Washington Post article
March 14, 1992
by Carey Kinsolving
As the speaker went to the lectern at a Washington area hotel, the audience of 70 people from 25 nations prepared to take notes. A woman from Bogota, Colombia, adjusted her headphones to hear the translation.
A gathering of the United Nations delegation? An international conference? Or a meeting of ambassadors from various embassies?
None of the above.
It’s the Sunday morning service of Grace International Church, meeting at the Marriott in Greenbelt.
The potluck congregation started in September under the leadership of the Rev. Herschel Martindale, 63, who views it as a prototype for training people from other countries. “We want them to see a church they can reproduce in their own countries,” he said. “Our goal is to help and support them in doing that.”
Networking plays a major part in Martindale’s plan for international church planting. In December, college students from across the United States met in the Washington area for leadership training. The team training to start a church in Taiwan met students from their country who are studying in other U.S. cities.
Martindale speaks of changing entire countries. His plan is simple: Develop people and focus on character qualities such as faith, love, unity, truth, humility, commitment, loyalty and sacrifice. Those qualities, he said, not systematic theology, is what made the difference in Jesus’s disciples.
The impetus behind such an effort, Martindale said, comes from Jesus’s command to take the Gospel to all nations.
“Jesus Christ and his salvation puts us all in a spiritual family that knows no racial boundaries. It’s not wrong for us to be happy with our races, our countries, our background. But it’s so tremendous that when God puts us together in a spiritual family, it’s worldwide.’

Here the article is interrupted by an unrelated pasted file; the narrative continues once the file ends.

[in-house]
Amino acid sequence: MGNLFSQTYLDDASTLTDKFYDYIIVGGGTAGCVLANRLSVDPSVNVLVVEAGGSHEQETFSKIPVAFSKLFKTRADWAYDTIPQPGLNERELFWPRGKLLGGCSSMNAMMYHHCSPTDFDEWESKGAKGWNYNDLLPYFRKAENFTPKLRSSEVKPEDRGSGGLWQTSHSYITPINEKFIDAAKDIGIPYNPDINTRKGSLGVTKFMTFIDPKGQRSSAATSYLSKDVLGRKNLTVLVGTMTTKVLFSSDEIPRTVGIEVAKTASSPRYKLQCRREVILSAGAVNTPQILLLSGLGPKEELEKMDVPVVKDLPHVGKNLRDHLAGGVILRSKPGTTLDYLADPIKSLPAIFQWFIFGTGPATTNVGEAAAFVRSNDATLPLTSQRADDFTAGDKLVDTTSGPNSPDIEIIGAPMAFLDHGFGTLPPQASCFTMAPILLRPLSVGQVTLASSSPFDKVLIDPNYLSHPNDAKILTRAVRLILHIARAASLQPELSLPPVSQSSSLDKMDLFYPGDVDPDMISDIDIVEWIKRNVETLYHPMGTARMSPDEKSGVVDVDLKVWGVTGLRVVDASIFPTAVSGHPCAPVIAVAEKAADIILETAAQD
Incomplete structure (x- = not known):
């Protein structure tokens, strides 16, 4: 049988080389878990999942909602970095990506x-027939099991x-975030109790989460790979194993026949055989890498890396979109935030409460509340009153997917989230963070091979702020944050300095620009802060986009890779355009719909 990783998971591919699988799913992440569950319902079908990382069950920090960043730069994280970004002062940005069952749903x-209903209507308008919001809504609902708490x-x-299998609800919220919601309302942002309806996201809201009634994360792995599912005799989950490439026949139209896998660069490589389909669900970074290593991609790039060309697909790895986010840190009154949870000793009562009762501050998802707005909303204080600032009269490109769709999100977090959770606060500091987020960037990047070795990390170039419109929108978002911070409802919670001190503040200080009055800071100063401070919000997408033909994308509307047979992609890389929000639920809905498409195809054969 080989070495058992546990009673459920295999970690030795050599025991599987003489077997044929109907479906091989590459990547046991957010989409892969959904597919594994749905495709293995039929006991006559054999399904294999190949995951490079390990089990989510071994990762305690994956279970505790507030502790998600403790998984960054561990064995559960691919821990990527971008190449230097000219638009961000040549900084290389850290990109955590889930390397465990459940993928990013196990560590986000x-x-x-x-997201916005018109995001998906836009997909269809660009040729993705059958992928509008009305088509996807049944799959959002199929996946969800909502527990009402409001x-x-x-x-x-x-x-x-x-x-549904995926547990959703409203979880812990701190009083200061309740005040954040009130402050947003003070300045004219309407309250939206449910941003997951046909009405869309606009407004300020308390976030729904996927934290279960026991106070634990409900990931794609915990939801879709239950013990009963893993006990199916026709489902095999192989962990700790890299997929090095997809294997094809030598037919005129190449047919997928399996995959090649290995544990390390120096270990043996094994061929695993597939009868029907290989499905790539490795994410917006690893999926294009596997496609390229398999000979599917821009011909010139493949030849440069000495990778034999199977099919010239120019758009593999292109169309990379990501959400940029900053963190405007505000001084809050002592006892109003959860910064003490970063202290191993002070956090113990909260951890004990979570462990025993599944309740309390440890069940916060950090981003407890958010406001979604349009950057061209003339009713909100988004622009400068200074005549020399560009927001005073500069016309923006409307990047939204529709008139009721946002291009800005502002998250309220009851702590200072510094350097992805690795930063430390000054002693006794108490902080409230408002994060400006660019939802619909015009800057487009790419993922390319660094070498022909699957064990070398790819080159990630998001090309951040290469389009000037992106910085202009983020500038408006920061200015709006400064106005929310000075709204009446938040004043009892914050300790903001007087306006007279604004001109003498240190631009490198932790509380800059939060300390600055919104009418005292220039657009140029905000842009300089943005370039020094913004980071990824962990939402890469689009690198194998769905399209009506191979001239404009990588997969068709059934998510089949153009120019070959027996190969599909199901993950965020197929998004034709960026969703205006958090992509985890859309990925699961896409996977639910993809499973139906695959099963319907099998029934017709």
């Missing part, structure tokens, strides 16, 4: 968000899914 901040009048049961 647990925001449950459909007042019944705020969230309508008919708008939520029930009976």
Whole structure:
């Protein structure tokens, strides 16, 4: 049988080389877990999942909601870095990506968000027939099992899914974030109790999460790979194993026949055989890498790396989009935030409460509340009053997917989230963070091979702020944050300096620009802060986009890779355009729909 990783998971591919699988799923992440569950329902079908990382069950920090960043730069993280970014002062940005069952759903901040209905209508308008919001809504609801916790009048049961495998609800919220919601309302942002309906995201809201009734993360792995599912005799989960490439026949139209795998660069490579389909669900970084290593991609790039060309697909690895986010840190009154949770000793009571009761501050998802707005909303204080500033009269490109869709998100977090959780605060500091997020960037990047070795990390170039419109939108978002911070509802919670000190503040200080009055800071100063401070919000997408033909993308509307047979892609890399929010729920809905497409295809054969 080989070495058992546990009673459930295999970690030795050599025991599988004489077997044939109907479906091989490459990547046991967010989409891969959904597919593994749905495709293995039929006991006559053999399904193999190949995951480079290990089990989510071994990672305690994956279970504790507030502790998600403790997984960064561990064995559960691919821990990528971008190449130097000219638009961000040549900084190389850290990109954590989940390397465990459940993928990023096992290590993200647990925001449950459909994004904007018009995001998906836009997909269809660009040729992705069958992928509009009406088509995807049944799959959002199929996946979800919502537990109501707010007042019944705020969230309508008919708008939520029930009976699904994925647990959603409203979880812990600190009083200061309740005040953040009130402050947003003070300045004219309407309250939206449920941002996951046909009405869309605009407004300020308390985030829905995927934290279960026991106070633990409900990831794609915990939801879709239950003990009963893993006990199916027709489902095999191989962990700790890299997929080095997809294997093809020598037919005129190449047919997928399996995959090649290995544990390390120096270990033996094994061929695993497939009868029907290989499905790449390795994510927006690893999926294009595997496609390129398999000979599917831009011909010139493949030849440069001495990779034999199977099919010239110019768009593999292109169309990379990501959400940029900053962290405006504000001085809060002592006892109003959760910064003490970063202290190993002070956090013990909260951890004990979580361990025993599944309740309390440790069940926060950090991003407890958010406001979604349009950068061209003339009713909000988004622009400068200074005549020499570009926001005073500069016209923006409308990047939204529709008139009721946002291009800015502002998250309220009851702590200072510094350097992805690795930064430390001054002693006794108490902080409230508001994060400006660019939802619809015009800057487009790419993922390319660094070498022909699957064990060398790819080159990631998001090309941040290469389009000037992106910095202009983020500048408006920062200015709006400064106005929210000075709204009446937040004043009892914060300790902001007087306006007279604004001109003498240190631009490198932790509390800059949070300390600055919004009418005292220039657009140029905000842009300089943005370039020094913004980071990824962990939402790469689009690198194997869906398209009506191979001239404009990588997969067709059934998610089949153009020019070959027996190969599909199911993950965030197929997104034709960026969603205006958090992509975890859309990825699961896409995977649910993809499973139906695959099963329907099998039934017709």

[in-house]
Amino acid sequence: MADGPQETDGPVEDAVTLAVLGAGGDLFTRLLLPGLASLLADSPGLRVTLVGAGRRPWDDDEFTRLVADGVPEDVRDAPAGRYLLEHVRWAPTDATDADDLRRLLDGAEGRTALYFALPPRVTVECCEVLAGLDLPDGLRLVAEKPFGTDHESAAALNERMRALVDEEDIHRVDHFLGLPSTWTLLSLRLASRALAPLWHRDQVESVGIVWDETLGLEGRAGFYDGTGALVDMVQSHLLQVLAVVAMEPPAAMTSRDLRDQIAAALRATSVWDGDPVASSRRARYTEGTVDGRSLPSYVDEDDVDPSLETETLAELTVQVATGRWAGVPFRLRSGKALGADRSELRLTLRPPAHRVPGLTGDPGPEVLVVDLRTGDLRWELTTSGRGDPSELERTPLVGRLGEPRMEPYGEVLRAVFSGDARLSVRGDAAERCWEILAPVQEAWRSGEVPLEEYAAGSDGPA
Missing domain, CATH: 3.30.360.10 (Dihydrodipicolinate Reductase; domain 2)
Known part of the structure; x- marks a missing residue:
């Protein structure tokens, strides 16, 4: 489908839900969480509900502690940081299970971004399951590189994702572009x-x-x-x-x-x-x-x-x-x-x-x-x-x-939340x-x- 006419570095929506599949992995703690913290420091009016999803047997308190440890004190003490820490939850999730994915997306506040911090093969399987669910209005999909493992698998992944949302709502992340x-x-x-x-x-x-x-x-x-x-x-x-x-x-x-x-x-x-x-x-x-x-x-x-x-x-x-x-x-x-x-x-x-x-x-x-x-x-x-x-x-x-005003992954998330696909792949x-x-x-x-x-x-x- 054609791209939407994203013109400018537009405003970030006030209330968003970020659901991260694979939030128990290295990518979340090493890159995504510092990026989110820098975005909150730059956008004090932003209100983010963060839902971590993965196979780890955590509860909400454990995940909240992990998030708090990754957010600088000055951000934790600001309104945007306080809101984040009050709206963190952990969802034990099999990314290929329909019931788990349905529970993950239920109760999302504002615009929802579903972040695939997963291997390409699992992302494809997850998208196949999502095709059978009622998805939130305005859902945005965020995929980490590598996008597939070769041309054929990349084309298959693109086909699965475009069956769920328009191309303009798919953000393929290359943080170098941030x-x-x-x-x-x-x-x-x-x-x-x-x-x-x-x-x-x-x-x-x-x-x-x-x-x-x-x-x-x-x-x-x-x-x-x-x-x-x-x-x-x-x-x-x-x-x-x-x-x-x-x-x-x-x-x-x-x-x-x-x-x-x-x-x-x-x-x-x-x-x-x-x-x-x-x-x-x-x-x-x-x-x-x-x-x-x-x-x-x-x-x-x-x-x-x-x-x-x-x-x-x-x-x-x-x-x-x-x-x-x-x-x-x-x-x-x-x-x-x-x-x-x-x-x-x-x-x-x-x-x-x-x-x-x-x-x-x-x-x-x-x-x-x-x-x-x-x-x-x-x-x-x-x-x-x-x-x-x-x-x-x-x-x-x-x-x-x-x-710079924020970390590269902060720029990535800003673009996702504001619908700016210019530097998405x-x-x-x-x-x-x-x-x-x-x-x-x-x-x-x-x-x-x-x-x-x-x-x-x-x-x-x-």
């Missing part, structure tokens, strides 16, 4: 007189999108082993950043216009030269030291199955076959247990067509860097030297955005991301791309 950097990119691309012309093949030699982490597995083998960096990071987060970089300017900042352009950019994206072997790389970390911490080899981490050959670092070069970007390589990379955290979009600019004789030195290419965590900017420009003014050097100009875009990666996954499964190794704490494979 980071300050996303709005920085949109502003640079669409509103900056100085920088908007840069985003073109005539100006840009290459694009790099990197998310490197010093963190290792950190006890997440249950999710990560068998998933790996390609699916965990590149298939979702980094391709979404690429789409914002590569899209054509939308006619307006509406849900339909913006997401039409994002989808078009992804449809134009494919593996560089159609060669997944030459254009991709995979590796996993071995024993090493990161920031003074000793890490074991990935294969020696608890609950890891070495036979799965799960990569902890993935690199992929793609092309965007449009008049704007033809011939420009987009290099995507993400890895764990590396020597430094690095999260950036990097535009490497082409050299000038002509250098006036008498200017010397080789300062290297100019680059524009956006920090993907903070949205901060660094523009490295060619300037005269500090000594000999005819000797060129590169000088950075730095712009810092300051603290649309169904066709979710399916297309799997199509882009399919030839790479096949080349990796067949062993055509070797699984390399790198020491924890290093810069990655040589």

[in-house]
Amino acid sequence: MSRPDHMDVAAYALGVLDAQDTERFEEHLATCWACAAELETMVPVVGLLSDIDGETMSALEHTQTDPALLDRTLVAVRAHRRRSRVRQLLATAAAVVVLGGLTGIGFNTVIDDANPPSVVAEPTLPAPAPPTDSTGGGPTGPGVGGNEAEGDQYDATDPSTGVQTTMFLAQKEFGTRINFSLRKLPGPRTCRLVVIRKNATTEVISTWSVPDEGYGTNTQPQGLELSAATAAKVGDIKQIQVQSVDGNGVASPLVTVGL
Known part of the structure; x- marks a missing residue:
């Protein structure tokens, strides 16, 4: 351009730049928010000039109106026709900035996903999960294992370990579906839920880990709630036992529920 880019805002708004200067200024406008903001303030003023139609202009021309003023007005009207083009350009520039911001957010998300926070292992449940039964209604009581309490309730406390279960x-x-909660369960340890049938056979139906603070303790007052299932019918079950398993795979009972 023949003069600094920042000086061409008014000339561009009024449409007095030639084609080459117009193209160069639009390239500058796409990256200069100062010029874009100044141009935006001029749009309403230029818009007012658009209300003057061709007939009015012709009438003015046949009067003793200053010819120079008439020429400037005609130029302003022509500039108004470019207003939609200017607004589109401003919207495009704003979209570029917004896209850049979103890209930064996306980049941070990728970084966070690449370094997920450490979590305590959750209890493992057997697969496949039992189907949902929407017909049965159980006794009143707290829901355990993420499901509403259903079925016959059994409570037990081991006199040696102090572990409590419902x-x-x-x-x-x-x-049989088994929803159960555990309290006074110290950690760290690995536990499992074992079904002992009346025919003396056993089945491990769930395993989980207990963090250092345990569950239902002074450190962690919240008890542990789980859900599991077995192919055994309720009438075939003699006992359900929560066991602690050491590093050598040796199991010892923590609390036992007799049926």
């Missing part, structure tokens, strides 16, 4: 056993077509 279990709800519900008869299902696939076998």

Several persons who attend the church expressed almost a sense of relief at finally finding a community that accepts them. But Grace International goes further. Its congregation seems to appreciate each other’s differences. Each Sunday proves to be a cultural stretch.
On this March Sunday, before the sermon began, Michelle Tsai, 30, told how she grew up in Taiwan, where her parents worshipped ancestors. Tsai said her father practically disowned her after she became a Christian. “He felt that he lost his daughter,” Tsai said.
Tsai struggled in describing the conflict with her parents, but managed to find humor. She described the typical Chinese attitude toward God as, “no pain, no gain.”
“When I was told that God loves you freely, and you don’t have to do any work to earn his love, I was amazed by that,” Tsai said.
Although Tsai is somewhat estranged from her parents, she said she receives comfort from Christians because “they are just like my family.”
The Rev. Richard Woo, who serves as co-pastor with Martindale, said that American churches often fail to address the needs of Washington’s multicultural community. Internationals find it difficult to fit in, he said. Woo plans to start a church in his native Taiwan next year and is using this time to learn from the more experienced Martindale.
Woo, 40, graduated in 1984 from Iowa State University with a doctorate in civil engineering. He became a Christian through one of the churches in the Great Commission Association of Churches, of which Grace International is a member.
Not only is Grace International a haven for internationals, but Americans like Rita Patton and Greg Norman find it to be an ideal training environment for foreign mission work.
Last summer, Patton met Luz Marina Betancurth at a Spanish Bible study. Betancurth came to the United States three years ago from Bogota, and was looking for someone to help her learn English and the peculiarities of American culture. For many years Patton has nurtured a desire to become a missionary to a Spanish-speaking country.
Through weekly meetings at Patton’s Gaithersburg town house, each taught the other her language and culture. “We learn many things about friendship,” Betancurth said. “Rita likes Latin people. We have many things in common.”
Although there are awkward and humorous moments because of the inability to communicate what one is thinking, Patton said, “I don’t feel the culture or the language is any barrier because we have the same goals. We both have given our lives to sharing the Christian message. Our relationship with Christ bridges the culture and language gap.”
One of the leaders of the church and sometimes usher is Marty Norman. But Norman, 32, is far from the typical church usher. He speaks fluently in English, German, French, Spanish and Chinese and is conversational in Russian and Hungarian.
“The exciting thing about this church is that you can have an influence on another country right here in the United States,” Norman said.